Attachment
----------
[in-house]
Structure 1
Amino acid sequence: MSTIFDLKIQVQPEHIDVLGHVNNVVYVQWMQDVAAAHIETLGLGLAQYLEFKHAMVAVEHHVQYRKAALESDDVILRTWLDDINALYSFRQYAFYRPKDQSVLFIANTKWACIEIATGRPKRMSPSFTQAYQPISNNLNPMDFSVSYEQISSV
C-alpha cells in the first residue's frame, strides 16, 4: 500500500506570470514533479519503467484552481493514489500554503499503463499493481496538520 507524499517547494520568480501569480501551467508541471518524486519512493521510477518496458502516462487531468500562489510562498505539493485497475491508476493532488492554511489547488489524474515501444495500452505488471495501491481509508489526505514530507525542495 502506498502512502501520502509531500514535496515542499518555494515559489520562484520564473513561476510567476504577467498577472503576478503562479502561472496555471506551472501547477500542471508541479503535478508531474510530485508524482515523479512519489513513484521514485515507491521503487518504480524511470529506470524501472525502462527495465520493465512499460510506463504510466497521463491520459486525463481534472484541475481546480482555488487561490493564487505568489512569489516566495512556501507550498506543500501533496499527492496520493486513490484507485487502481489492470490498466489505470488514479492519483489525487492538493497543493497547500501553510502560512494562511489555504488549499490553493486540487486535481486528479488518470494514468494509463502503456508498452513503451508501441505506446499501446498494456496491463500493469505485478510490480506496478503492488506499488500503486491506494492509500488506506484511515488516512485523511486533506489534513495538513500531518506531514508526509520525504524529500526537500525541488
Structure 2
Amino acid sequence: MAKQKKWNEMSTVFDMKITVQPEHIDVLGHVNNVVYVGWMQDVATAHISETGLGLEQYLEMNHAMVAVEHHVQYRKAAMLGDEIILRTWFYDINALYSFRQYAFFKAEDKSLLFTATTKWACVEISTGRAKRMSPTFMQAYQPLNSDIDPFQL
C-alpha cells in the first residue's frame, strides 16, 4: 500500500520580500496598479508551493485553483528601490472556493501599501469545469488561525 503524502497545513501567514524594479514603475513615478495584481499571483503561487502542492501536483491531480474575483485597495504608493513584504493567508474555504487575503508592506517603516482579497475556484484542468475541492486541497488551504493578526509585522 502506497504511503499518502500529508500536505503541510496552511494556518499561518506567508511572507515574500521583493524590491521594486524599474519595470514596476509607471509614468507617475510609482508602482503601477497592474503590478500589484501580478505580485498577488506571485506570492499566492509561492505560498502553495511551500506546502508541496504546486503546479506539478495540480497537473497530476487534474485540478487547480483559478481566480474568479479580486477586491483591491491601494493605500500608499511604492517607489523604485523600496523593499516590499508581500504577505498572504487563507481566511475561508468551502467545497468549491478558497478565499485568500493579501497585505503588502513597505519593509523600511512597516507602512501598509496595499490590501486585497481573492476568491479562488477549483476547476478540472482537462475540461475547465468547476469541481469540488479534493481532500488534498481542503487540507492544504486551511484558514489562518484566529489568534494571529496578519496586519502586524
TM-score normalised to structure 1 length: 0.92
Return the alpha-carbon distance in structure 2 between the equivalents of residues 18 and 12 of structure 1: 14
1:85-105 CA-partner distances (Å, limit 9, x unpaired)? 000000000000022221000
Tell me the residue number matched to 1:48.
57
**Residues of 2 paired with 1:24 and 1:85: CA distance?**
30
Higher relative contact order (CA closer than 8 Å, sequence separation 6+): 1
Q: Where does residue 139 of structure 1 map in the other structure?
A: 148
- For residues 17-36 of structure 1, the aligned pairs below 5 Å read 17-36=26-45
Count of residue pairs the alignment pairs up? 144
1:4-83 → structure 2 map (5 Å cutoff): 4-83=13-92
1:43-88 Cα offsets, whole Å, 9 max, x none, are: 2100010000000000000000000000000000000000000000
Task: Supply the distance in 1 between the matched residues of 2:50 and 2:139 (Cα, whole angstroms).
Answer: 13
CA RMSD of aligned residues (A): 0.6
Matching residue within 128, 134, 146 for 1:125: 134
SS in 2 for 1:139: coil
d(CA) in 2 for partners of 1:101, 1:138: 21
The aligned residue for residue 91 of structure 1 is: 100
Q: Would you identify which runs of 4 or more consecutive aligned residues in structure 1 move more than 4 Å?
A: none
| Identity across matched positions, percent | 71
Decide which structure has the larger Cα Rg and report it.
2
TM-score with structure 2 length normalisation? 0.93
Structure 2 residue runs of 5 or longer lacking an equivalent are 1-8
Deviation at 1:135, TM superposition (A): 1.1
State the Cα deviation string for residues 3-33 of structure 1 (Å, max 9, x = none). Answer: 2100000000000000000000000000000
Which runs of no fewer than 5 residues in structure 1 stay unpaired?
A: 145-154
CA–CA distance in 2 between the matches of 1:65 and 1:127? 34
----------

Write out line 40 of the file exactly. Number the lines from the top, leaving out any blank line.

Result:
CA–CA distance in 2 between the matches of 1:65 and 1:127? 34